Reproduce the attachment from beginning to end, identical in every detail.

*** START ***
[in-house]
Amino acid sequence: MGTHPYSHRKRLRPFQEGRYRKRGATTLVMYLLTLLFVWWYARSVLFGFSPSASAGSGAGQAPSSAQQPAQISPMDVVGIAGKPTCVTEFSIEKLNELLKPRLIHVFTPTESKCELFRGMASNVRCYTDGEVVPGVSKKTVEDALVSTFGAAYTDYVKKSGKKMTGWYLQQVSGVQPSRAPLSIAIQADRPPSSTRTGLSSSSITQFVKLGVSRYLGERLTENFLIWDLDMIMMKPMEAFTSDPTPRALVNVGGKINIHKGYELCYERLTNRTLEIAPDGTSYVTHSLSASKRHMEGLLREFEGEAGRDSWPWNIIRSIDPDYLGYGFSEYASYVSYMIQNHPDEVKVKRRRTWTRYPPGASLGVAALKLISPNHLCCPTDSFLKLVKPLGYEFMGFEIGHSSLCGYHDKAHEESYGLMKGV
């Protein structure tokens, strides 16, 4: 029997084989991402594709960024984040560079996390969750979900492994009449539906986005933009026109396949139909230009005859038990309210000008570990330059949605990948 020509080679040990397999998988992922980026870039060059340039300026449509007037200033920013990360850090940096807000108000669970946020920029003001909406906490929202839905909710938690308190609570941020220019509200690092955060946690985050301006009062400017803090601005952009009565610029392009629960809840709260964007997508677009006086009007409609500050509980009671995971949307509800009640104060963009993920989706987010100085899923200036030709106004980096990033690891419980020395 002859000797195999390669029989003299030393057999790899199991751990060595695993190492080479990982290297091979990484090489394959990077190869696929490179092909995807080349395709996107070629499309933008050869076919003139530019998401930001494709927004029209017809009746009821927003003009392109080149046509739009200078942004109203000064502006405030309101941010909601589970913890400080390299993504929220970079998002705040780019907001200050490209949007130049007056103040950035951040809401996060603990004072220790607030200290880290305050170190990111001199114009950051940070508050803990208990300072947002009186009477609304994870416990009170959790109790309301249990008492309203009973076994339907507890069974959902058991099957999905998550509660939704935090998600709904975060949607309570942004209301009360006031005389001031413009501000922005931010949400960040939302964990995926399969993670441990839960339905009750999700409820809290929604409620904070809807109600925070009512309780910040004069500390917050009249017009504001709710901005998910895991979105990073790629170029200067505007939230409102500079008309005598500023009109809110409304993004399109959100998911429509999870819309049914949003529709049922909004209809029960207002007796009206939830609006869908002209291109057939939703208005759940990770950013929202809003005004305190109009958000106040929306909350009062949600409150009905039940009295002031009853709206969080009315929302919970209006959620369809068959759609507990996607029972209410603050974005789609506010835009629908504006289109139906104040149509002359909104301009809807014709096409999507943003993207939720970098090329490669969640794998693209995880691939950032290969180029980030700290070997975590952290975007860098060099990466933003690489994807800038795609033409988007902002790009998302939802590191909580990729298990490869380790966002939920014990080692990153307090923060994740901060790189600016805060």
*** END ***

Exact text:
[in-house]
Amino acid sequence: MGTHPYSHRKRLRPFQEGRYRKRGATTLVMYLLTLLFVWWYARSVLFGFSPSASAGSGAGQAPSSAQQPAQISPMDVVGIAGKPTCVTEFSIEKLNELLKPRLIHVFTPTESKCELFRGMASNVRCYTDGEVVPGVSKKTVEDALVSTFGAAYTDYVKKSGKKMTGWYLQQVSGVQPSRAPLSIAIQADRPPSSTRTGLSSSSITQFVKLGVSRYLGERLTENFLIWDLDMIMMKPMEAFTSDPTPRALVNVGGKINIHKGYELCYERLTNRTLEIAPDGTSYVTHSLSASKRHMEGLLREFEGEAGRDSWPWNIIRSIDPDYLGYGFSEYASYVSYMIQNHPDEVKVKRRRTWTRYPPGASLGVAALKLISPNHLCCPTDSFLKLVKPLGYEFMGFEIGHSSLCGYHDKAHEESYGLMKGV
């Protein structure tokens, strides 16, 4: 029997084989991402594709960024984040560079996390969750979900492994009449539906986005933009026109396949139909230009005859038990309210000008570990330059949605990948 020509080679040990397999998988992922980026870039060059340039300026449509007037200033920013990360850090940096807000108000669970946020920029003001909406906490929202839905909710938690308190609570941020220019509200690092955060946690985050301006009062400017803090601005952009009565610029392009629960809840709260964007997508677009006086009007409609500050509980009671995971949307509800009640104060963009993920989706987010100085899923200036030709106004980096990033690891419980020395 002859000797195999390669029989003299030393057999790899199991751990060595695993190492080479990982290297091979990484090489394959990077190869696929490179092909995807080349395709996107070629499309933008050869076919003139530019998401930001494709927004029209017809009746009821927003003009392109080149046509739009200078942004109203000064502006405030309101941010909601589970913890400080390299993504929220970079998002705040780019907001200050490209949007130049007056103040950035951040809401996060603990004072220790607030200290880290305050170190990111001199114009950051940070508050803990208990300072947002009186009477609304994870416990009170959790109790309301249990008492309203009973076994339907507890069974959902058991099957999905998550509660939704935090998600709904975060949607309570942004209301009360006031005389001031413009501000922005931010949400960040939302964990995926399969993670441990839960339905009750999700409820809290929604409620904070809807109600925070009512309780910040004069500390917050009249017009504001709710901005998910895991979105990073790629170029200067505007939230409102500079008309005598500023009109809110409304993004399109959100998911429509999870819309049914949003529709049922909004209809029960207002007796009206939830609006869908002209291109057939939703208005759940990770950013929202809003005004305190109009958000106040929306909350009062949600409150009905039940009295002031009853709206969080009315929302919970209006959620369809068959759609507990996607029972209410603050974005789609506010835009629908504006289109139906104040149509002359909104301009809807014709096409999507943003993207939720970098090329490669969640794998693209995880691939950032290969180029980030700290070997975590952290975007860098060099990466933003690489994807800038795609033409988007902002790009998302939802590191909580990729298990490869380790966002939920014990080692990153307090923060994740901060790189600016805060």